The threat of war is hanging over Iraq. In recent months, Arabs and Kurds have gone head to head over long-standing disputes centred on land, oil and power.
More than two weeks ago, Kurdistan Regional Government peshmerga clashed with Iraqi federal forces in an incident at a checkpoint that killed one civilian and wounded fighters from both sides. Both the KRG and Baghdad have now amassed forces in disputed territories in the north of the country, increasing the chances that a localised conflict could spark a broader war.
Stand-offs between the two sides have become a common occurrence in Iraq since 2003, but what makes these incidents more dangerous is, first, the absence of the US military, which played a mediating role; and second, regional upheaval and the continuing Syrian conflict that have further polarised all parties.
On Tuesday, Turkey was drawn into the conflict when Baghdad refused to allow the plane of Ankara's energy minister, Taner Yildiz, to land at Irbil for a major oil and gas conference. Tensions over the Kurdish issue are clearly contributing to the deteriorating relationship between the two countries.
But the crux of the current stand-off is a new military headquarters established more than a month ago by Iraq's Prime Minister Nouri Al Maliki to oversee military operations in the north's disputed territories. Known as the Tigris Operations Command, the headquarters consolidates Baghdad's presence in a volatile part of the country already awash with Arab forces.
It doesn't help that Baghdad's commander of the Tigris base is Lieutenant General Abdulamir Al Zaidi, a former Baathist who took part in the Anfal campaign that killed tens of thousands of Kurds in the late 1980s. The Kurds now want the Anfal campaign formally recognised as a genocide.
The fear among Kurds is not what the Tigris command will do in the future, but what will be the long-term consequences for Baghdad's aspirations in the area around Kirkuk.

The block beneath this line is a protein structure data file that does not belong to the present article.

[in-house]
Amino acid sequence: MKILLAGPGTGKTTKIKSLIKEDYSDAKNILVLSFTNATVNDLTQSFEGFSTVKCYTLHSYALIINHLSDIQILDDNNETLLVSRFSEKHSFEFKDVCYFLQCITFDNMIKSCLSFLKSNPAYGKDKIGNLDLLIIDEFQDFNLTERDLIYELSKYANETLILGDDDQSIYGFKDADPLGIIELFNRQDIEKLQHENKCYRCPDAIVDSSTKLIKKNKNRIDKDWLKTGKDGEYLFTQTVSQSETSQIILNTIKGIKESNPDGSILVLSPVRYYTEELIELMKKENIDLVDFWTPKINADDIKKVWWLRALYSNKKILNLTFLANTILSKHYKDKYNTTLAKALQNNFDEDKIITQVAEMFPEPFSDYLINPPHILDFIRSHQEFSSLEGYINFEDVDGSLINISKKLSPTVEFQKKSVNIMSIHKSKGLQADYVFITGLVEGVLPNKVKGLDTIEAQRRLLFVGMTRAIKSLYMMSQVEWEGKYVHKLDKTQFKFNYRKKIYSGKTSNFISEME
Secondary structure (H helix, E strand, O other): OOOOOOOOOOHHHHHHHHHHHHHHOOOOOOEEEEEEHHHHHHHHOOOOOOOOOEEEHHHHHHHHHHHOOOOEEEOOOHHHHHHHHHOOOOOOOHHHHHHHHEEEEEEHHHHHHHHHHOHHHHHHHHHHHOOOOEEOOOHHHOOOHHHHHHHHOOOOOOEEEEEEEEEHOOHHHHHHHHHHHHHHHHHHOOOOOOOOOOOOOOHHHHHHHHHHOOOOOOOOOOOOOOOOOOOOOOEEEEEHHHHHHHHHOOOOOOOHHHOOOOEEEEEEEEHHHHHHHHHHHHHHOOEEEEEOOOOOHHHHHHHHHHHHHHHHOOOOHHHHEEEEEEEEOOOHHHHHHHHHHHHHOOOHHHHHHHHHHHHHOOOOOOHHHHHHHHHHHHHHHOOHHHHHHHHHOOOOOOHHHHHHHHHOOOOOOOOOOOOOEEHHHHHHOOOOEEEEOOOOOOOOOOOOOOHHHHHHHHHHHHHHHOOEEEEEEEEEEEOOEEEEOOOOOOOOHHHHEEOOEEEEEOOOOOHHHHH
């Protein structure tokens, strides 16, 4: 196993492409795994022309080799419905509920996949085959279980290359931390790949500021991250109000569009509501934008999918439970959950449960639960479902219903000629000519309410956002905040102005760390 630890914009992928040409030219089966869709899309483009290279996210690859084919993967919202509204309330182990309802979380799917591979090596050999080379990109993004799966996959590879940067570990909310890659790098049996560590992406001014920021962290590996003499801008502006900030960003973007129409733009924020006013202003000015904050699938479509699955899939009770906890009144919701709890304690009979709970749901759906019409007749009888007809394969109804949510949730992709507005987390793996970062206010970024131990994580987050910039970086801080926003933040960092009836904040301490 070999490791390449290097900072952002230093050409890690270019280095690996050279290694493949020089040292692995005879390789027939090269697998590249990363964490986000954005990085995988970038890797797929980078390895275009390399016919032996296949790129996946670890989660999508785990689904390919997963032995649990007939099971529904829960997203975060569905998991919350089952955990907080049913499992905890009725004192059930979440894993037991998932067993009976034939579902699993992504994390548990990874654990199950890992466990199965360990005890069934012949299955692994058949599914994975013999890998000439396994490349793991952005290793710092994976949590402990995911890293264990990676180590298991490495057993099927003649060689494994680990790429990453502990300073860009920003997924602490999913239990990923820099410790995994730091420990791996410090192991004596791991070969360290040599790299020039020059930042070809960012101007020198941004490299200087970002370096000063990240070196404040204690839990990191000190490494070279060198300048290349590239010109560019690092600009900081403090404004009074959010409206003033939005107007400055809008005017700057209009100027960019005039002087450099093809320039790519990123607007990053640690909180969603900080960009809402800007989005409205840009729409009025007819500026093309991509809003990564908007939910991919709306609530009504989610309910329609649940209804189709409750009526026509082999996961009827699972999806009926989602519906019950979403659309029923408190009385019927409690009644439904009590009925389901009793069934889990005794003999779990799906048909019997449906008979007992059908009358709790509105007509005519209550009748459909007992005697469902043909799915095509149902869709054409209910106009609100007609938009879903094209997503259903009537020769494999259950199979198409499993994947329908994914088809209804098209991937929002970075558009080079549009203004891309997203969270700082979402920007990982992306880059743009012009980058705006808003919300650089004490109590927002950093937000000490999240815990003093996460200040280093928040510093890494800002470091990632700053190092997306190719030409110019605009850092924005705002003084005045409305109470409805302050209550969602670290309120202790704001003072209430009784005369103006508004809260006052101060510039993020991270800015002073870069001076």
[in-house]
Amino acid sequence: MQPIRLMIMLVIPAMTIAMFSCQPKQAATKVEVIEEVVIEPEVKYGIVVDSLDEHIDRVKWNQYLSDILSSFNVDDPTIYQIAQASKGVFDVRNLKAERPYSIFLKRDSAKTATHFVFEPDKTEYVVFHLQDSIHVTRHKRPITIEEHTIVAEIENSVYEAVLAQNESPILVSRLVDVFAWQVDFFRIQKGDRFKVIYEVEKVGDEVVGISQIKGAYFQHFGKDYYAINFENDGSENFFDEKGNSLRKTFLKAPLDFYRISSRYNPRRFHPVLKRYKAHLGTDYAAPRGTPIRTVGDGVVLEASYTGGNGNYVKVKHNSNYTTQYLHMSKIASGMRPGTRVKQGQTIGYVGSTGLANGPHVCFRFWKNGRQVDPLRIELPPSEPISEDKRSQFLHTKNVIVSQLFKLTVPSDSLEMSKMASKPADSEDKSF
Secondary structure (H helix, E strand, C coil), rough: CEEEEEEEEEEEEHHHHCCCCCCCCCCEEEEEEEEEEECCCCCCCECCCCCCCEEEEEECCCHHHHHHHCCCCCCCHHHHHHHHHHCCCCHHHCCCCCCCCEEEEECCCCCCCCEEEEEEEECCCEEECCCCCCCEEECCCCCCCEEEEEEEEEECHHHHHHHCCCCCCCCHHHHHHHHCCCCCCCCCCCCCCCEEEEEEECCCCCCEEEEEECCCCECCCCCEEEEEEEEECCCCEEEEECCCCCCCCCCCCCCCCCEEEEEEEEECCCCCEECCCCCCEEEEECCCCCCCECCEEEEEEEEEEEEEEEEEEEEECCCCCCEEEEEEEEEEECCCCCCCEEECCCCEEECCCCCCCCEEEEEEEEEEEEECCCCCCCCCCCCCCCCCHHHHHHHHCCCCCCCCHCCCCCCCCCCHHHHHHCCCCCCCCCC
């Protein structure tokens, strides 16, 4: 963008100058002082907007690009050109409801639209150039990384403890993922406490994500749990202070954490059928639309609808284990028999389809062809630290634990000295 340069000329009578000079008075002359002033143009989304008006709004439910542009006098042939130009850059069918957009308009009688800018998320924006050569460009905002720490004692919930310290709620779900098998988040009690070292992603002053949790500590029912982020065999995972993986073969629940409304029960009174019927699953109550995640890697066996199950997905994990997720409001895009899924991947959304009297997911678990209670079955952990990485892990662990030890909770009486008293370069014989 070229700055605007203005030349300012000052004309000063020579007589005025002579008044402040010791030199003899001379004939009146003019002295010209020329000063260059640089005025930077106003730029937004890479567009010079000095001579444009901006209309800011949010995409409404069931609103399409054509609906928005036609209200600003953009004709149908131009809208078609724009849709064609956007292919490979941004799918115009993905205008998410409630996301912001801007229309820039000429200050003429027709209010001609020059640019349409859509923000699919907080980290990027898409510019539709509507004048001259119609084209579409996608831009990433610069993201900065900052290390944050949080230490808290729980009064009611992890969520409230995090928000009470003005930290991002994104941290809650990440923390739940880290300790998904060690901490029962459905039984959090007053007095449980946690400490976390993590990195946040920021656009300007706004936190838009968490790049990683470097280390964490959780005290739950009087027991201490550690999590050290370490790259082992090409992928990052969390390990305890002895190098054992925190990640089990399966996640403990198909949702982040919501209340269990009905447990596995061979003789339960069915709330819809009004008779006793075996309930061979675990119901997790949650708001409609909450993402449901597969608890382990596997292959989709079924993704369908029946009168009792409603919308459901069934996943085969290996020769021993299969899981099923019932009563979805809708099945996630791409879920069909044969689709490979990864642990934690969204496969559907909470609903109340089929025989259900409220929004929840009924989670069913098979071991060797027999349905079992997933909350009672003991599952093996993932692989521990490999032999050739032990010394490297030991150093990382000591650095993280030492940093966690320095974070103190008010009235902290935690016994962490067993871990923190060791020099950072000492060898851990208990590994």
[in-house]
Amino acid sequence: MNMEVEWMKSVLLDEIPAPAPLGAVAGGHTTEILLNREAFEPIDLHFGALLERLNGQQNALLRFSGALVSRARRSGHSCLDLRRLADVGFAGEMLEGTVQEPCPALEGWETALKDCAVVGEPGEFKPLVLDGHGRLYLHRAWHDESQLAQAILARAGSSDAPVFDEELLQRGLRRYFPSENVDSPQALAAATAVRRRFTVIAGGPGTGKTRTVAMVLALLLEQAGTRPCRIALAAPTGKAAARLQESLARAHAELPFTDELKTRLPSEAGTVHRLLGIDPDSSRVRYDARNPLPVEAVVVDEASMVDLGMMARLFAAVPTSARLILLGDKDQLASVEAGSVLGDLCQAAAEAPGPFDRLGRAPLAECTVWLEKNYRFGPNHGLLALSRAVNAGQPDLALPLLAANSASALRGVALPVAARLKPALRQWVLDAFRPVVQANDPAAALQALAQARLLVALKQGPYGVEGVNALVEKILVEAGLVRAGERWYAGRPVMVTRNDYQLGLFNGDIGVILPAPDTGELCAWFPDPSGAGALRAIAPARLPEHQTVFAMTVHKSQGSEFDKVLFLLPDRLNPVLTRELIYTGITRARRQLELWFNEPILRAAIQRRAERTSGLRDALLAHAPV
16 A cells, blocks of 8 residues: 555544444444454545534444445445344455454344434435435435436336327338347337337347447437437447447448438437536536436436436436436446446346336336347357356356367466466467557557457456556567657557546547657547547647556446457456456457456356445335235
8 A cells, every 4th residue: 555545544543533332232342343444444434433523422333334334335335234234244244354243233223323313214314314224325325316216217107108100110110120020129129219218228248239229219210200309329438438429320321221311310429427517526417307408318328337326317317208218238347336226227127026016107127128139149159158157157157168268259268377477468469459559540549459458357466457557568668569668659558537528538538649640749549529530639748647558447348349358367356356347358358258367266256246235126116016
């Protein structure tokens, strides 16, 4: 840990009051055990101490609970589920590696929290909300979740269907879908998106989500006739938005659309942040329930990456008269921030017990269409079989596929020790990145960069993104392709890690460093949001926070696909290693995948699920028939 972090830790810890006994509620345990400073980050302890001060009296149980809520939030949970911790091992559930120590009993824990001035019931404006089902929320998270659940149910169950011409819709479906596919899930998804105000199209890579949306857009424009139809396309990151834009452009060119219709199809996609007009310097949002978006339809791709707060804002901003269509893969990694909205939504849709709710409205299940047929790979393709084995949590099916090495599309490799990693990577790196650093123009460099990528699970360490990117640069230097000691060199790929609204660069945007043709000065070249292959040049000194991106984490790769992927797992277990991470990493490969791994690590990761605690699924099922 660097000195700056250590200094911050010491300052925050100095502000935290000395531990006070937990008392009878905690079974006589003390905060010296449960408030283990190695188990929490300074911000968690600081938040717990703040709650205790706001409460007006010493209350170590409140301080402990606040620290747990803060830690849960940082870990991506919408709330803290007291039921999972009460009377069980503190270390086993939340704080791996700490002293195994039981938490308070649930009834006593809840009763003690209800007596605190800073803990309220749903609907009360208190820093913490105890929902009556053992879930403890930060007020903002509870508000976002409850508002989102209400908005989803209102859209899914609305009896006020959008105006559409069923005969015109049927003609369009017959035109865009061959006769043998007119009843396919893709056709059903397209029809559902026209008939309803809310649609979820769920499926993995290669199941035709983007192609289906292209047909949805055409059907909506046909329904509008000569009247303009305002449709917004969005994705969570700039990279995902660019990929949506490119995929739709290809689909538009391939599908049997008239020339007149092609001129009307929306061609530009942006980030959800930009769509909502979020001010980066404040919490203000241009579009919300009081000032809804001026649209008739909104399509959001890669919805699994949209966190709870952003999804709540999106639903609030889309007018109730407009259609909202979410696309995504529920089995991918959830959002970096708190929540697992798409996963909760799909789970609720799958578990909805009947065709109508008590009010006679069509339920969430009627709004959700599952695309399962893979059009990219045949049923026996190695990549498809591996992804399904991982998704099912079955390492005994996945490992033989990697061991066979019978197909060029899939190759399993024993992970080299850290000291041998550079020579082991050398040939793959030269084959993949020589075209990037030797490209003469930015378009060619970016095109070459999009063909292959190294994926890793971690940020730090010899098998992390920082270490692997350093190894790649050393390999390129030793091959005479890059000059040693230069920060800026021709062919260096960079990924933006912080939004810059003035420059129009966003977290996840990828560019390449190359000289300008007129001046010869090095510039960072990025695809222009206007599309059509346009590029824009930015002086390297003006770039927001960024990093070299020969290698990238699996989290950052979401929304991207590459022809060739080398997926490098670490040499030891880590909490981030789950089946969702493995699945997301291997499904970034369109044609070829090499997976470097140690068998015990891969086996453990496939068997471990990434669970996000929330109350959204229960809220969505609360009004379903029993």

More broadly, there is the history of tension between Iraq's Kurds and Arabs, of which Anfal is only one stark example. Relations between the government in Baghdad and the Kurdistan region, which is now a wholly autonomous federal entity, have always been marred by conflict. Saddam Hussein's dictatorial rule was especially brutal regarding the Kurds.
Post-2003 Iraq still has the same disputes, although they have taken a different form. The democratically elected government in Baghdad, in which Kurdish parties are a key partner, constitutes a broad coalition government of unlikely bedfellows. Baghdad's Arab leaders have to accommodate anti-Kurdish sentiments in their constituencies, even though they are formally allies in government.
Baghdad's dysfunctional politics have often come into conflict with the Kurdistan region's stability, development and politics - to the detriment of everyone involved.
The consequence is a tumultuous state of affairs, as exemplified by recent events. Iraq also continues to be susceptible to influence by external forces, most notably Iran, which strongly promotes Iraq's Shia Islamist parties to the detriment of reconciliatory politics. Turkey and, to a lesser extent, the United States and other Arab countries also wield influence. The Arab uprisings, in particular in Syria, have pitted Baghdad and Irbil on opposite sides.
Neither Baghdad nor Irbil wants to take the country back to the brink, especially when most of the country has just started to recover from sectarian war. Baghdad continues to battle remnants of both Al Qaeda in Iraq and a Sunni insurgency.
The Kurds, for their part, have been entertaining the world's oil industry this week, hoping to build on the success of last year's conference, at which ExxonMobil announced its entry into the region. Kurdish leaders have no desire to undo the painstaking efforts of the past decade to develop a stable region on the back of its oil wealth. Irbil has already emerged as a key regional player as its traditionally stronger neighbours find themselves engulfed by domestic and regional upheaval.
Yet another Arab-Kurd civil war is unlikely to materialise, but expect brinkmanship by Baghdad ahead of provincial elections in 2013. Mr Al Maliki has asserted himself in the same way before, such as in the 2008 Kurd-Arab standoff in Diyala, when federal forces unexpectedly moved on pershmerga in an effort to push them out of disputed areas. Like now, that offensive took place on the eve of elections.
The sabre-rattling will probably continue as Mr Al Maliki asserts his credentials as a strong Iraqi leader. The KRG will respond in kind and remind Kurds - and Mr Al Maliki's rivals in Baghdad - that it is prepared to face threats close to home. The KRG government will try to bolster its nationalist credentials, rally the Kurdish people and hope that Mr Al Maliki overplays his hand, uniting his rivals to drive him out of office.
Ranj Alaaldin is a senior analyst with the Next Century Foundation, a conflict-resolution NGO based in London
On Twitter: @ranjalaaldin